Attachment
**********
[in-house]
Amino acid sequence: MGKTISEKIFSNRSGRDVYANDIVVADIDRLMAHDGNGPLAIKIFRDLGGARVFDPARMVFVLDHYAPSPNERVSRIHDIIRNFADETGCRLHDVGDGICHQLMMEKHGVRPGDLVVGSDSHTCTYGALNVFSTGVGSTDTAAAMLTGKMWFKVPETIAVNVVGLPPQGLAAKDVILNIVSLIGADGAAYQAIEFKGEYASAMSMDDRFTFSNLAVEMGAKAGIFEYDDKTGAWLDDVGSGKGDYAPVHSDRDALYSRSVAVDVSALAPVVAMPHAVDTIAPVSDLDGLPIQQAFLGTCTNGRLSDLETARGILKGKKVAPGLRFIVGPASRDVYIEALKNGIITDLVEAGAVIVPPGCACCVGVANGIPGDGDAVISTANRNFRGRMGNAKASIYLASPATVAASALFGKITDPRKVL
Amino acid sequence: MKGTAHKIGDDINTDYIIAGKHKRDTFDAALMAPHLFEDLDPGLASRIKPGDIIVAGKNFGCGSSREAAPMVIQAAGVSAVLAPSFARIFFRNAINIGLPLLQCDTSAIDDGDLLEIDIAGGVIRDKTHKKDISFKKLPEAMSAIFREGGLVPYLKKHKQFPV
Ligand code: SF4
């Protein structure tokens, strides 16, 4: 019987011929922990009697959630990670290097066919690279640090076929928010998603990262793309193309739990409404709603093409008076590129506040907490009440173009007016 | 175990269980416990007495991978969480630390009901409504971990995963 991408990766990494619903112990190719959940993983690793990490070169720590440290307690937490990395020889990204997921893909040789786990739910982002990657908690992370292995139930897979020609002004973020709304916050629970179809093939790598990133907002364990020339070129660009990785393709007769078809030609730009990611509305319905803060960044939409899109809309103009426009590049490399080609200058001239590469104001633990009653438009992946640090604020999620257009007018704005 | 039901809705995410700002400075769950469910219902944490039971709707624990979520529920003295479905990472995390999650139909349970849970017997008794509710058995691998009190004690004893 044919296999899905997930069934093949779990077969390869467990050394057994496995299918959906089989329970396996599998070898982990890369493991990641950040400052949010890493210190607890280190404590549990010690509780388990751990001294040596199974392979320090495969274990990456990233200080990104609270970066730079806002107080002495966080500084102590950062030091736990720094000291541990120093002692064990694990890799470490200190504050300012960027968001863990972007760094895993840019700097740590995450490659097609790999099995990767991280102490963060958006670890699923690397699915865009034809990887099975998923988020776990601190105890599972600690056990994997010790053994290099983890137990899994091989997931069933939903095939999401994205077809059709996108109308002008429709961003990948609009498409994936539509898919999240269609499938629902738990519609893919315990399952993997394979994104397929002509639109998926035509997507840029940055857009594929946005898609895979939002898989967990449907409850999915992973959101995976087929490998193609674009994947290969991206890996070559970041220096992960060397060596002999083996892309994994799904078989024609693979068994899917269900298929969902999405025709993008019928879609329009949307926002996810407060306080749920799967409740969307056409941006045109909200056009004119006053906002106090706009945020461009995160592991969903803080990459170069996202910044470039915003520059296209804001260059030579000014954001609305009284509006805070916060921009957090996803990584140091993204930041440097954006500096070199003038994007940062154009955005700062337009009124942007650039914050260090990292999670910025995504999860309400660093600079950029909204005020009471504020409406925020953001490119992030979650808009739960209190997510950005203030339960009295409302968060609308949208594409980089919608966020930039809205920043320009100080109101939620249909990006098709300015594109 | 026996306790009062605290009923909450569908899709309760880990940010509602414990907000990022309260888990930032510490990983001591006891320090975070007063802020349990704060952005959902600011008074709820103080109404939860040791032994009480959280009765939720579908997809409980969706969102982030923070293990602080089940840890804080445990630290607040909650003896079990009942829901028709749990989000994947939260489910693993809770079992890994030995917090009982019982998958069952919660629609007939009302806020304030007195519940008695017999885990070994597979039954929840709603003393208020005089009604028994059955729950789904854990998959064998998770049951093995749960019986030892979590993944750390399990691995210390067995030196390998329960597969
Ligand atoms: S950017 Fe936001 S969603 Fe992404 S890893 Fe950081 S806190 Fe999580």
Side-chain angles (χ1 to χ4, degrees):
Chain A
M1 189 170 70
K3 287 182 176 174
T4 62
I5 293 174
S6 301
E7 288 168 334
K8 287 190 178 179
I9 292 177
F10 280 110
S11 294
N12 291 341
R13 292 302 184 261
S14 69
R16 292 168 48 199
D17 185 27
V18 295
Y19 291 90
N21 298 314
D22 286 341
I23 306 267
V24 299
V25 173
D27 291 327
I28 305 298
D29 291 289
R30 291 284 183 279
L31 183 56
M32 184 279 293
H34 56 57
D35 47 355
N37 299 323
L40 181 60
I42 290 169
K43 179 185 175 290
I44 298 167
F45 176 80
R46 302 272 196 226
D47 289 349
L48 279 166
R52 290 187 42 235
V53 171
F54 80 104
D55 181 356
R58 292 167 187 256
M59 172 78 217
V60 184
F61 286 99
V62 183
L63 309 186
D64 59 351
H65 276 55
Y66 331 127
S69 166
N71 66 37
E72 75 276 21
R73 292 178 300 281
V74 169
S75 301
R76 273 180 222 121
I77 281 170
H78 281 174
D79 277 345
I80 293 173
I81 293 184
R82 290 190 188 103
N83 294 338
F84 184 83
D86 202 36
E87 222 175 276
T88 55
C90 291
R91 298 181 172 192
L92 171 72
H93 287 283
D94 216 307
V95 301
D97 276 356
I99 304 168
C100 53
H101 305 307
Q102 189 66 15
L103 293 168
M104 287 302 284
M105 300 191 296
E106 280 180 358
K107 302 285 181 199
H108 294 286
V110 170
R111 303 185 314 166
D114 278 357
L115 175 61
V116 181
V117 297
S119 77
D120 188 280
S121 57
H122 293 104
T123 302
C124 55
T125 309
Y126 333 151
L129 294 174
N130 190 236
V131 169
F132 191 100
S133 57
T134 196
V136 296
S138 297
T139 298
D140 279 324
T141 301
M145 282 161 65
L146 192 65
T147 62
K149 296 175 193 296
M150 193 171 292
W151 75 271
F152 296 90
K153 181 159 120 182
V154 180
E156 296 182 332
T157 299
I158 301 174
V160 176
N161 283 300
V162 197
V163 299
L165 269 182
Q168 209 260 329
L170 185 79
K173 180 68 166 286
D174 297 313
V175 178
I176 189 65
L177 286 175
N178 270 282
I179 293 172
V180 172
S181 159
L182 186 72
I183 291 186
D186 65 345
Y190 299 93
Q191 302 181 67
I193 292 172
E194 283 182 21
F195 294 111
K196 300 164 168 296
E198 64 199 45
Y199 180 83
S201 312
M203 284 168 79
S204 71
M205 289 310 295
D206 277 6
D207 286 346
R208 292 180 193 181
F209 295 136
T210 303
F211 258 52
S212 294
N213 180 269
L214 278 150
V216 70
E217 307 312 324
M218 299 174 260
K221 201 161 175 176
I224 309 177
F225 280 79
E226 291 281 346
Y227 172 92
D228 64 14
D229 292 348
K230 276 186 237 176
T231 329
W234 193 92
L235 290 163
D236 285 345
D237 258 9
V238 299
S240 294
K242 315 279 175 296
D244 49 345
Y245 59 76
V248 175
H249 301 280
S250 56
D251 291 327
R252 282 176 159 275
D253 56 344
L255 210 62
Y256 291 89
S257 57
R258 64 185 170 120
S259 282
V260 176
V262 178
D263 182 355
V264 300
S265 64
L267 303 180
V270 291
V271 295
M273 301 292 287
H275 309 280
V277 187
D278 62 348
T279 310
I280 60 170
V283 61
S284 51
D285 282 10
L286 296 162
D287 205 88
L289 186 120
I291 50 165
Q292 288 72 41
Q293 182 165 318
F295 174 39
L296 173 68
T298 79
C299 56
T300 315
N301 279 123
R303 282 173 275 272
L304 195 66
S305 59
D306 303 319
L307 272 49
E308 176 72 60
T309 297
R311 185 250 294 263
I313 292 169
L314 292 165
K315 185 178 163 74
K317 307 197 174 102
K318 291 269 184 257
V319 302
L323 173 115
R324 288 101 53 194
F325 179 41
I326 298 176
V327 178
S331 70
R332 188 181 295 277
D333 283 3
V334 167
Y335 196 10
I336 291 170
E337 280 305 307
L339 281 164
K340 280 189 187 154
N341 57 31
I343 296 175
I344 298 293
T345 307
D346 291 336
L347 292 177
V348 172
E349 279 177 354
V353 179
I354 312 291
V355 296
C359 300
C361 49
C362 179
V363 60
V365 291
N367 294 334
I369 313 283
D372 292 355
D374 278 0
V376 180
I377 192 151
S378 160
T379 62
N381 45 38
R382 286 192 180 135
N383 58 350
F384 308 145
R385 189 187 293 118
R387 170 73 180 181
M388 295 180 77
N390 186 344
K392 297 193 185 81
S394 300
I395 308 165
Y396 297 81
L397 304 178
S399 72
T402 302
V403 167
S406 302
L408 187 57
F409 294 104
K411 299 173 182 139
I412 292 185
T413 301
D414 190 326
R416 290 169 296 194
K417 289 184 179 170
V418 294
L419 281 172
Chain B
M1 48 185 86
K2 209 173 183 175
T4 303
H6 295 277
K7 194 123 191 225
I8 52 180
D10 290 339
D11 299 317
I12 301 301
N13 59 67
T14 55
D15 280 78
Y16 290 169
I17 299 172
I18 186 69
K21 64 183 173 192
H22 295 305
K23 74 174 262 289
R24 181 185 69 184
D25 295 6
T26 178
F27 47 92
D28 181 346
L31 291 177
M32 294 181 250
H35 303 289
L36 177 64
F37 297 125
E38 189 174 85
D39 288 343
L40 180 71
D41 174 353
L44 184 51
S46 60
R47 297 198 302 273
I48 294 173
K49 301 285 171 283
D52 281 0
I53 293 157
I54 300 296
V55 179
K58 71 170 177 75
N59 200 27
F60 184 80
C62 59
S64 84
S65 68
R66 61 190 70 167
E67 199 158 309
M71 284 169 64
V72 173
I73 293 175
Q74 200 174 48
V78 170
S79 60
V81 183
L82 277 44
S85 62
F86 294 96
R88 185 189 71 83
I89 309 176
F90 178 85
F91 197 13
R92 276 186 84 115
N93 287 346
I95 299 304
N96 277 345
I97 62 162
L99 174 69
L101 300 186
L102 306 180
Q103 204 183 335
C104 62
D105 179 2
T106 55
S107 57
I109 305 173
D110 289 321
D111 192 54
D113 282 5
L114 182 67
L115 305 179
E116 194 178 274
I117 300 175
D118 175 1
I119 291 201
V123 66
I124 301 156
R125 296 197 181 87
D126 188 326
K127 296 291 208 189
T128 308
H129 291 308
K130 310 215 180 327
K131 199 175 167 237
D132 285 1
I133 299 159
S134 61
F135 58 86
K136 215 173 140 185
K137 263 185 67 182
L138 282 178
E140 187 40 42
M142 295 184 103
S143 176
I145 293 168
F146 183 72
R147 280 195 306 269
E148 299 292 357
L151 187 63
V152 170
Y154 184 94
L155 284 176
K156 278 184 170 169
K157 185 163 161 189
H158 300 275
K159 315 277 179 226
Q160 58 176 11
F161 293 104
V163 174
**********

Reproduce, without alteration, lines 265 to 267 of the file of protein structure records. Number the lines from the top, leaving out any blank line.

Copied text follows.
T345 307
D346 291 336
L347 292 177